Choosing a Major

For me, choosing a major was both an easy and a difficult decision. I had been playing the cello since I was ten years old, and music was my favorite thing. I played in school orchestra, I started several bands throughout middle school and high school, and music was generally a big part of my life. I also had a lot of other things going on. I had an after school job at a floral shop, that I loved. I was into visual art – painting, drawing, ceramics, and photography, as well as literature and poetry.
During my junior year of high school, I had to decide whether I would audition for college music schools. The audition process happens senior year of high school, for admission to music programs. I remember it being a difficult decision – I knew I loved music, but I also had other interests. I knew that if I decided to pursue music school, I would have to really focus on that goal, meaning increasing my practice time, and having less time for other things. I decided to go for it, because I had a deep love for music, and was intrigued by the idea of entering a college program that would allow me to pursue that love in a very focused way.
I got a new (and more serious) cello teacher. She was a substitute cellist with the Chicago Symphony Orchestra, and she helped me prepare for college auditions. With my parents’ support, I quit my job at the floral shop, and I focused my efforts on preparing for college auditions. Until this point, I had never practiced so many hours, or so intensely, and as a result I ended up getting tendonitis, and having to wear a wrist brace for much of my senior year. All of this – the long hours, the intensity, the injury concerns – was, as it turned out, a glimpse into what life in music school, and ultimately, life as a freelance musician, would be.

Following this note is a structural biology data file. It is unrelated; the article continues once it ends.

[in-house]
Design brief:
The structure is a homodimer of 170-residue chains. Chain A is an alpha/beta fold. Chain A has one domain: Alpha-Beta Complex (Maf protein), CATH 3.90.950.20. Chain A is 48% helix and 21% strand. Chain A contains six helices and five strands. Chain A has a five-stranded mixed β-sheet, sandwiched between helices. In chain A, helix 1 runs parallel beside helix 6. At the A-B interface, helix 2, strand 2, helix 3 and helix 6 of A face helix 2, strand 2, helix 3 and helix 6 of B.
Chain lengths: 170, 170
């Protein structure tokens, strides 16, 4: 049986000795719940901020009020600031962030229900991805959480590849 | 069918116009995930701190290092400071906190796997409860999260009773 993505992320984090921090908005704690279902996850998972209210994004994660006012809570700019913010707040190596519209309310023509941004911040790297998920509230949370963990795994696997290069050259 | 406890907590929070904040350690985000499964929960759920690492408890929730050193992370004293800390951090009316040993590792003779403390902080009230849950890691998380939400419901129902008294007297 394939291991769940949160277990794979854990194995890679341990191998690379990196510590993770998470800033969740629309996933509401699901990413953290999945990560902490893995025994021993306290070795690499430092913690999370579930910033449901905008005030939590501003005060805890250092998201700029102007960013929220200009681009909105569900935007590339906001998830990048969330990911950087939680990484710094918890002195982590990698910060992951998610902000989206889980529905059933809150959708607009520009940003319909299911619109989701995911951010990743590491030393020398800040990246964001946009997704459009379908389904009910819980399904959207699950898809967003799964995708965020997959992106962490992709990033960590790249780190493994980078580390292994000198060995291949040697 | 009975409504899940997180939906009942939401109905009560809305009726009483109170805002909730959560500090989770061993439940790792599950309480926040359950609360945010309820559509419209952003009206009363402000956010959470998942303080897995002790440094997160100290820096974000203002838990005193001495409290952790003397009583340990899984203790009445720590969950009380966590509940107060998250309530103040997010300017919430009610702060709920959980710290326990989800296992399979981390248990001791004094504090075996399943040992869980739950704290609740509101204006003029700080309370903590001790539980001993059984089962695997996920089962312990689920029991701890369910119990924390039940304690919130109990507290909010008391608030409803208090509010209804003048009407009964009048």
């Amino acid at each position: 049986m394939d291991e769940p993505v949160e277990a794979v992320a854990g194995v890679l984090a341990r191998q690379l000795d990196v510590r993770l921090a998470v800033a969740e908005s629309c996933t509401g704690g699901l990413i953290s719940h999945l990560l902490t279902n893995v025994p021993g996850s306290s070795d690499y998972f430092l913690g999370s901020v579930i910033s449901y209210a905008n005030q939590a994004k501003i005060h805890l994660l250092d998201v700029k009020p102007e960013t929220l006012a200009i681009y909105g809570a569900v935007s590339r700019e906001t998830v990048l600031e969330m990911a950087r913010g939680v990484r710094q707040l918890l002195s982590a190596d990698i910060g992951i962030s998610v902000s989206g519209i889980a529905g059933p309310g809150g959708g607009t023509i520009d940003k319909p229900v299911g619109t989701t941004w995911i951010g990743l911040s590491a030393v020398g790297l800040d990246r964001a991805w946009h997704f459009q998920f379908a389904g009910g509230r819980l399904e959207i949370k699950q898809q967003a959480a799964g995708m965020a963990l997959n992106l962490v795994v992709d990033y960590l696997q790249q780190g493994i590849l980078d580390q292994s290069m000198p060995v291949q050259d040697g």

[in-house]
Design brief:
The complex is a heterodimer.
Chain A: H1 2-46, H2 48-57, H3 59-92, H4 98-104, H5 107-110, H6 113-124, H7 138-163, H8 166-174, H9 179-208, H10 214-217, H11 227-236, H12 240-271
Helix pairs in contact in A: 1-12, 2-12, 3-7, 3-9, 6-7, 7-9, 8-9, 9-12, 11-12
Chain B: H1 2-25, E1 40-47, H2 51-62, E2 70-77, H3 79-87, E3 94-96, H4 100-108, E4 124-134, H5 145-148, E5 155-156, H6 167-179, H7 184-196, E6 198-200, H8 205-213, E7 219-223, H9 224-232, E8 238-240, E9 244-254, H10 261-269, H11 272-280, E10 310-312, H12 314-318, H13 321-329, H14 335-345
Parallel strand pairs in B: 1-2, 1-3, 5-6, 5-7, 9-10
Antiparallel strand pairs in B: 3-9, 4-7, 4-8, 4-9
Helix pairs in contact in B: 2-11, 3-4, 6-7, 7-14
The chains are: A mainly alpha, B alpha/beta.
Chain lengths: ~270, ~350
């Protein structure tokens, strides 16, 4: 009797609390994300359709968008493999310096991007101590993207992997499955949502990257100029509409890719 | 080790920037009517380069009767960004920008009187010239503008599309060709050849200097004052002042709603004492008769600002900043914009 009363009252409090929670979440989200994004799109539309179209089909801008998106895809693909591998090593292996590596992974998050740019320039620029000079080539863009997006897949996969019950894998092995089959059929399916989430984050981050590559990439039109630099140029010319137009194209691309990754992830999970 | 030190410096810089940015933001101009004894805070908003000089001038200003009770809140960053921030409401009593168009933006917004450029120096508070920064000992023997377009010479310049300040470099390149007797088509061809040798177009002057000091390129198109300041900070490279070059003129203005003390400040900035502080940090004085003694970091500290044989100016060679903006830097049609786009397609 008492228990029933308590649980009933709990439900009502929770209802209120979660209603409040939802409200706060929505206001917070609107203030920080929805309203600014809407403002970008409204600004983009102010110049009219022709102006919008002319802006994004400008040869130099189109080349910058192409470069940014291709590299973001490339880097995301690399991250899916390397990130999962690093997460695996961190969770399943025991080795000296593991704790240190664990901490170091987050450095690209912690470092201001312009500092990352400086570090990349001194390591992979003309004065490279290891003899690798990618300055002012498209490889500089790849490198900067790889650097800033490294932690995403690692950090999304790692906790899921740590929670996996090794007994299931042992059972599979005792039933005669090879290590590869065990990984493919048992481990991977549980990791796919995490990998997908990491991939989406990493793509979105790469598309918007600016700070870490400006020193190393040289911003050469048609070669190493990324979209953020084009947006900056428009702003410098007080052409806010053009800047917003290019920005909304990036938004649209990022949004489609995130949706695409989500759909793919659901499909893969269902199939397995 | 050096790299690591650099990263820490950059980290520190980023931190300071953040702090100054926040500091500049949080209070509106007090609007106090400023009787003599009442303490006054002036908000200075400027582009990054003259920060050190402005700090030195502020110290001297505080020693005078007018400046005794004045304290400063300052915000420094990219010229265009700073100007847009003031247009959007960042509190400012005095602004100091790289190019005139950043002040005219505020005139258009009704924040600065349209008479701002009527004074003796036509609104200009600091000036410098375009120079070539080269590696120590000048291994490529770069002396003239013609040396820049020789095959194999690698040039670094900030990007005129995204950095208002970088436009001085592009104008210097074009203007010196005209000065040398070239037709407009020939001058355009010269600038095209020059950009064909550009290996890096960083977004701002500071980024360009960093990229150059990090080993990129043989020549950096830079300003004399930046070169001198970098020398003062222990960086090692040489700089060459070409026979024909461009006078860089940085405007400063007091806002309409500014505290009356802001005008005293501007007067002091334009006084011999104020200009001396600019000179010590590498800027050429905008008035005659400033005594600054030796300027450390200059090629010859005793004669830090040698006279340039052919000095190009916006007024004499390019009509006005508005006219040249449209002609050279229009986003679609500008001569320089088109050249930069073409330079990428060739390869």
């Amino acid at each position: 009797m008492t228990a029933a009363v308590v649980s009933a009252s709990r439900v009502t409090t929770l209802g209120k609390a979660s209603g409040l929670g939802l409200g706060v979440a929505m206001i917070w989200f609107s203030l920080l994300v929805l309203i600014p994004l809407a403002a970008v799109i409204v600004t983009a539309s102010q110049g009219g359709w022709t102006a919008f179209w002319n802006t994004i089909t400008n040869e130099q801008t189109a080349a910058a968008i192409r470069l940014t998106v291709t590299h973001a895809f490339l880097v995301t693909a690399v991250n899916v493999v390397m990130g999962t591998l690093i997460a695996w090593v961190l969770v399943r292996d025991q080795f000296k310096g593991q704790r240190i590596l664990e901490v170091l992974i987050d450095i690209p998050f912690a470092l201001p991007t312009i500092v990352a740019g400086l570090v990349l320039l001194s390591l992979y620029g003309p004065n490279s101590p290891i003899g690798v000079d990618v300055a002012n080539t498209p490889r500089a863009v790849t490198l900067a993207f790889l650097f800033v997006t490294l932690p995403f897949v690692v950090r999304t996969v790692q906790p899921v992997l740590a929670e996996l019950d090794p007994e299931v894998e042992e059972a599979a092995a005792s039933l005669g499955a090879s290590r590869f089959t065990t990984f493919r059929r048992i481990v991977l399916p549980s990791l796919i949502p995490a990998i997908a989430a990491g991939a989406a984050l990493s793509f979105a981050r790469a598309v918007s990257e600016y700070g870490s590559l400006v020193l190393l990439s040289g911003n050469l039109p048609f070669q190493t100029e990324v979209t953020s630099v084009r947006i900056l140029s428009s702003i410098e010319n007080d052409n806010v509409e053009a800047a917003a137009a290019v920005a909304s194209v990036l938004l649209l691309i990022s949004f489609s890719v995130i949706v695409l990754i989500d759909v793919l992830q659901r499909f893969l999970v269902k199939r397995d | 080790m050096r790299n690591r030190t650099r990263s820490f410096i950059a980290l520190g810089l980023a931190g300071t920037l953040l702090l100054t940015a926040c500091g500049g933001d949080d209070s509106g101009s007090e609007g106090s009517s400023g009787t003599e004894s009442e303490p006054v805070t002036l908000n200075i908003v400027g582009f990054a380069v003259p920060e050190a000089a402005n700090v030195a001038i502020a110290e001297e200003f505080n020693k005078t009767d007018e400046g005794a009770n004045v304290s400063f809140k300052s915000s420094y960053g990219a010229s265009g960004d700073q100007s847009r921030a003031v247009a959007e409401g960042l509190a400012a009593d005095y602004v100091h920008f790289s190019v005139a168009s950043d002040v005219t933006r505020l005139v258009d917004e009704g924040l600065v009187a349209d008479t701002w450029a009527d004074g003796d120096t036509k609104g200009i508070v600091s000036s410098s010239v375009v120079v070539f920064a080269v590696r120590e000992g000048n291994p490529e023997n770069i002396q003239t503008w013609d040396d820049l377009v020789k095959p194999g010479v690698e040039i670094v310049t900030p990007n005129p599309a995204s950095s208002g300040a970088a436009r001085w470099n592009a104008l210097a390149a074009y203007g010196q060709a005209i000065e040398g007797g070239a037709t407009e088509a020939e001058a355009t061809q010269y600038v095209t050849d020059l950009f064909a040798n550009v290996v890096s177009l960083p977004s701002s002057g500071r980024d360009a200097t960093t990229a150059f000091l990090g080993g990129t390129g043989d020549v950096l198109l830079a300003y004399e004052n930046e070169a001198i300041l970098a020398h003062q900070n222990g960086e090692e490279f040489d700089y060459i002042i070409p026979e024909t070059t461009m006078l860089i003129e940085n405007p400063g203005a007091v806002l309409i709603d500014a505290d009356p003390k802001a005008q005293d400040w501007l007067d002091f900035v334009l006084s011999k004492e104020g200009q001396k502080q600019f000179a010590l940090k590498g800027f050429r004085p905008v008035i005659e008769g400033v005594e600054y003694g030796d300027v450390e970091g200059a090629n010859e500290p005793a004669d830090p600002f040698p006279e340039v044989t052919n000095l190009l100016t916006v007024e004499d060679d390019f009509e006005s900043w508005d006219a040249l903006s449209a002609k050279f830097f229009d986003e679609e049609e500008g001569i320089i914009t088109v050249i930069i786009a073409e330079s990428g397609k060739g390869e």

I ended up being accepted to the DePaul University School of Music in Chicago, as a cello performance major. I was also accepted to University of Illinois at Urbana/Champaign, but I chose DePaul because I really wanted to live in a city. The program was “conservatory style,” meaning my schedule was heavy on music classes and light on liberal arts classes. I sometimes wonder if I might have made a different decision if I had been able to choose a major after starting college, rather than before. But these decisions are never easy, no matter when we make them.
How are you going about choosing your major?
by Ellen

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